What Happened to My Breasts? A Plastic Surgeon Explains


Dr. Haideh Hirmand on how — and why — your décolletage changes over time

For a long time, in my 20s and 30s, I never took the issue of the “changing breast” seriously. I mean, after all, how bad could it be? They’re breasts. Something’s always covering them. In fact, I never gave the issue much thought until 1) I started entering my 40s and experiencing some of the changes, and 2) I started my practice in plastic surgery and met many women whose lives were affected by this particular phenomenon. So what happens?

Typically, with time and age, the skin of the breast, much like other skin, loses elasticity and is more prone to stretching and sagging. The breast tissue itself also can thin and involute, causing an emptied-out appearance – especially in the center top part of the breast.

Of course, this does not happen to everyone. Some women experience enlarging of the breasts later in life, which can be due to changing hormones or taking hormonal supplements. Pregnancy has one of the biggest impacts on changes in your breasts’ shape and size. Other “breast changers” include hormonal shifts from menopause and weight fluctuations, which are both common in women in their 40s and 50s. Now that the 50s are the new 40s and the 40s the new 30s, I see more women than ever who want to restore their breasts to their original state — or to a better one.

Breasts, unlike any other organ, are not only defined by their anatomic and functional definitions; they play a pivotal role in both our own femininity and the way our culture defines physical womanhood. That’s why breast reconstruction has had such a vastly positive impact on the lives of women with breast cancer. Let’s face it: breasts —  their shape, size and sensation — play an integral role in how women define themselves as women. And the relationship between women and their breasts has always fascinated me.

Without a doubt, we are currently experiencing a cultural shift toward the classically full feminine breast shape. I believe this is motivated not by the fashion industry, but by real American women who are feeling more comfortable than ever with this breast-feminine dialogue. In the past, I had patients who wanted to be more flat-chested to fit into the haute couture clothing that was their fashion staple. These were not huge-breasted women who wanted to have a breast reduction to be more comfortable doing sports or living everyday life free of back and shoulder pain. Rarely do I see this these days. Cleavage is in!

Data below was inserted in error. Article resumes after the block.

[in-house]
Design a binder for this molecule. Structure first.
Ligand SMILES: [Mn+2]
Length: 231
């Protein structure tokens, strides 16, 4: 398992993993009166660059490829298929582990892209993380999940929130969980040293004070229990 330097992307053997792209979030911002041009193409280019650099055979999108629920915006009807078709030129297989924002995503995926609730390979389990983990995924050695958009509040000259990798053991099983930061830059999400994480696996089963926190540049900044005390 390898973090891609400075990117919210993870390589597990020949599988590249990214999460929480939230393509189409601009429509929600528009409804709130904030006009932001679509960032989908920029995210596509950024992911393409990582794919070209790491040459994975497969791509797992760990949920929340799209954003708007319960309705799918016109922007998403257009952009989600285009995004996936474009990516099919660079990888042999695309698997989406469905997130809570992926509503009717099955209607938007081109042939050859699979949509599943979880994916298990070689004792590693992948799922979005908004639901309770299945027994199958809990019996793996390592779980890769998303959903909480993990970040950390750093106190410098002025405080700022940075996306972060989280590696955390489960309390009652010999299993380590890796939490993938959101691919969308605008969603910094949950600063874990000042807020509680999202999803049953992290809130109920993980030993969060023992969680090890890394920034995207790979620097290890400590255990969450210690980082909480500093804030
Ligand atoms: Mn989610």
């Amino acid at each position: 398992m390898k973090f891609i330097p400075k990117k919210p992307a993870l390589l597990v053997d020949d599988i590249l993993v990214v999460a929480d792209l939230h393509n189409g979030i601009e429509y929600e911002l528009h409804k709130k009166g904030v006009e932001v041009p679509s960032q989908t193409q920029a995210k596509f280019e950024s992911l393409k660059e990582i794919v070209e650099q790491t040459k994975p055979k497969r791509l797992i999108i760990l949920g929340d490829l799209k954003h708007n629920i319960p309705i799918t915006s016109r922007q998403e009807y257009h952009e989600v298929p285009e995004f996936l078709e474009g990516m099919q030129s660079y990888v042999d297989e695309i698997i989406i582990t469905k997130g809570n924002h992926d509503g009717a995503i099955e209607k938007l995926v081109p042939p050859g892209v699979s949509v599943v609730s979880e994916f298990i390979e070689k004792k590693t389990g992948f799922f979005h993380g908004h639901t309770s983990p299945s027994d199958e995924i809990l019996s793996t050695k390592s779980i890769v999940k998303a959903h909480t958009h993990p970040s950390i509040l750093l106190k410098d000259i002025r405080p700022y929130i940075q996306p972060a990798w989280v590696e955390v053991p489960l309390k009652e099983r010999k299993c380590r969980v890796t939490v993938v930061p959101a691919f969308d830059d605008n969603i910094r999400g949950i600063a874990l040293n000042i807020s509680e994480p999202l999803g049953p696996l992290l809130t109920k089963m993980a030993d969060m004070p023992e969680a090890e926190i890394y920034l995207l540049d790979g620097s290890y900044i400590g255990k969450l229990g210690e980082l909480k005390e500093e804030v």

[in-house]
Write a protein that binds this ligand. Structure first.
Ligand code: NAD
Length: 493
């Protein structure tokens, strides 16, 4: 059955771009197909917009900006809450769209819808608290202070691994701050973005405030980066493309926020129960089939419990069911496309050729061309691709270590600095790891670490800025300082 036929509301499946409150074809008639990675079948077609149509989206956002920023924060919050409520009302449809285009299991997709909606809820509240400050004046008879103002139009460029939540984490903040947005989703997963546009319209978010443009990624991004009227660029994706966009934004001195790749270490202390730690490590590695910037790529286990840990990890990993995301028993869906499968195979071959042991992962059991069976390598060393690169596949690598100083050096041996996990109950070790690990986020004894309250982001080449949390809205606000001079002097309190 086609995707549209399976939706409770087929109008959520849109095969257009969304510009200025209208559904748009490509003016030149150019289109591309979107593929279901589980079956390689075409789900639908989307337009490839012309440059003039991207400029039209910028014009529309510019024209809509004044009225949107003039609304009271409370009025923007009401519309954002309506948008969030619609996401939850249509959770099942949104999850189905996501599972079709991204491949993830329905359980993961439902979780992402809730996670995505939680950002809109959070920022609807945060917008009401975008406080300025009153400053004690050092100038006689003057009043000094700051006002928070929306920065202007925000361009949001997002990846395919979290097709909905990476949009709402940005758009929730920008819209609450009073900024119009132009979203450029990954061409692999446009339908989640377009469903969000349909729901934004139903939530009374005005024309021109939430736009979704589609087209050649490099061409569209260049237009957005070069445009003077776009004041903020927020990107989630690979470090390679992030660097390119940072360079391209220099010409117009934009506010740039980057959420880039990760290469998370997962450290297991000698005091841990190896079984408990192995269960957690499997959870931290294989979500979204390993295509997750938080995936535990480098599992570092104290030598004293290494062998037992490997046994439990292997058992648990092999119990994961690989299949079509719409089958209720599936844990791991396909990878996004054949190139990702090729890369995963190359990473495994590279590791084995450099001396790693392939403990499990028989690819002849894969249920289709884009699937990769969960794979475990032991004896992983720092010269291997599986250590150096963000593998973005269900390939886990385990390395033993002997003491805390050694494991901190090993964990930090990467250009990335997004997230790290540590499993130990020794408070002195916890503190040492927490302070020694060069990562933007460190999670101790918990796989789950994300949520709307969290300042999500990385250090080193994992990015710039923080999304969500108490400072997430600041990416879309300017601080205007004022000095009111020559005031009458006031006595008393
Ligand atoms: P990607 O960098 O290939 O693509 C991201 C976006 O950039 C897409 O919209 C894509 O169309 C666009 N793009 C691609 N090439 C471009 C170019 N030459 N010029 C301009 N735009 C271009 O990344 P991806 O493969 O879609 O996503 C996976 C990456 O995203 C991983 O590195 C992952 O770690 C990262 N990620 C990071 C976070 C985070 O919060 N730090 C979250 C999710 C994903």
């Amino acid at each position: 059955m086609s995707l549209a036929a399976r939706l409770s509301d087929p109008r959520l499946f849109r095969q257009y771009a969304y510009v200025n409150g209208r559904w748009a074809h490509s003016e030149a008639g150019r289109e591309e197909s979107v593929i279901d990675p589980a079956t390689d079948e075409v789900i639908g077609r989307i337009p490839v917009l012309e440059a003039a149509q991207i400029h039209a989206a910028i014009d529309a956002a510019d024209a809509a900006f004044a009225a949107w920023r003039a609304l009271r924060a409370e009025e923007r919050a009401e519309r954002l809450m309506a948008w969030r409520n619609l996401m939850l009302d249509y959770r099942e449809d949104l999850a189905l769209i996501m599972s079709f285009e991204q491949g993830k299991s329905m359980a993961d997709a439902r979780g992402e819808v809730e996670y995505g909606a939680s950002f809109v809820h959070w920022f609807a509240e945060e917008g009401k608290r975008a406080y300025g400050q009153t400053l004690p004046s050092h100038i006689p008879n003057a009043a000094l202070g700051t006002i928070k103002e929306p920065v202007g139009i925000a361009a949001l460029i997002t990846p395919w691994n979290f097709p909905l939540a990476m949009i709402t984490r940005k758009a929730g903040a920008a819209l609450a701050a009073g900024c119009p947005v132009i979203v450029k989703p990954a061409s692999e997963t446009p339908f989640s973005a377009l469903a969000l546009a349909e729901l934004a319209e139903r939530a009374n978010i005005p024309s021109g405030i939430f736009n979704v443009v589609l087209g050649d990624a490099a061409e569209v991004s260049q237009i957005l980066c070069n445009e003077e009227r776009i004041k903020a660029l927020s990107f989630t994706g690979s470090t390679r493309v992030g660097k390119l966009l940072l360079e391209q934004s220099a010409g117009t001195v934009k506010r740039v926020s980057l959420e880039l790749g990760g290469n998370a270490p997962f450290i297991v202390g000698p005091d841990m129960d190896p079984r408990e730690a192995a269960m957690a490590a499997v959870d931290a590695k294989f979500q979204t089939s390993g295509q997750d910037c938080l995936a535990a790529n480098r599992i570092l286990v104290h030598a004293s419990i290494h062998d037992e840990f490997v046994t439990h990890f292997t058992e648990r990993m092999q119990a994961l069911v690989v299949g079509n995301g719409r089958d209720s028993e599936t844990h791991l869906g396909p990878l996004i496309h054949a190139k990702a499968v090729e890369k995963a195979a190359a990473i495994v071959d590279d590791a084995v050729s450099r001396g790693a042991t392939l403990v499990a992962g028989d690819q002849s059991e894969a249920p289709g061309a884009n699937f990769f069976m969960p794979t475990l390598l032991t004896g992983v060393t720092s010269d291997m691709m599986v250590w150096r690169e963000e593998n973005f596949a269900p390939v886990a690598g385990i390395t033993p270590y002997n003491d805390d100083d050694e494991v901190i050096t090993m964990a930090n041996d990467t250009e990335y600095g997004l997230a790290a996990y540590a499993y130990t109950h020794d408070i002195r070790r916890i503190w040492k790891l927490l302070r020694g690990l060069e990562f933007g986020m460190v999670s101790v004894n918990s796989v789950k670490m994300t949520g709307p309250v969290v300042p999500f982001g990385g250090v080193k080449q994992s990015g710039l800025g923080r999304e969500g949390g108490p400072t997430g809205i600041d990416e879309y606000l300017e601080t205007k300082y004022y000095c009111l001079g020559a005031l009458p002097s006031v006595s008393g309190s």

I see it in my practice. Compared to ten years ago, more women in their 40s want breast enhancement surgery. I also see more women who, after having had their pregnancies, seek to restore their breasts’ shape so that they can fit better in clothes and feel better about themselves.

I see more acceptance on runway shows as well. Diane von Furstenberg’s feminine runway style is in stark contrast to the androgynous overtone of so many high-fashion productions. Last time I saw her show, I was struck by the curves, cleavage and pure feminine quality of her expression — and it is more popular than ever.

Many women whose breasts have significantly changed express a consistent theme of having “lost an integral part of their physique that made them feel whole as a woman.” They didn’t know it until it was lost. These are not topless dancers or those who have to to rely on their appearance to win a date. These are intelligent women who are a powerful part of the workforce, and in many instances run companies, own businesses, are in academics and in politics.

The theme is the same. They look to restore and enhance their breast aesthetics, not out of a desire for youth, but for one of female vitality. No doubt the “fitness, live longer and be more active” trend of our times has something to do with this — as does the ability to live a psychologically and sexually viable and successful life in midlife and beyond menopause.

What a fantastic time to be a woman!

Dr. Haideh Hirmand is a plastic surgeon, academic and thought leader in the aesthetic and beauty arenas. She completed her doctorate in medicine at Harvard and is clinical assistant professor of surgery at the The New York Hospital/Cornell-Weill Medical Center. She specializes in eyelid and facial rejuvenation, secondary breast surgery, and body contouring, and is recognized nationally as a pioneer in injection techniques.

2 Responses so far.

  1. avatar Tobe Halen says:

    Breasts, Boobs, Sweater Puppies, The Girls, Ta Ta’s – whatever you call ’em, I have ’em in abundance…..which was workable in my 20’s and 30’s but at some point they started the long slow trip south and now, without the help of some  industrial strength bras, I can tuck them into the waist of my pants. (no Joke)  I’ve toyed with the idea of Breast Reduction….but, you know, I’m kinda attached to them.  I don’t want them bigger or smaller, I just want them back on my chest where they started.

  2. avatar Jane H says:

    Oh Tobe…. I had the same appendages as you…. I had them reduced and have not regretted it once. Of course, having developed at an early age, I was an oddity among all the other less-feveloped girls and had boys riding by my house on their Stingray bicycles to see if I’d come out and flash them. It was pretty traumatic, so maybe that’s why I didn’t mind trading my double Fs for generous Bs!! ha!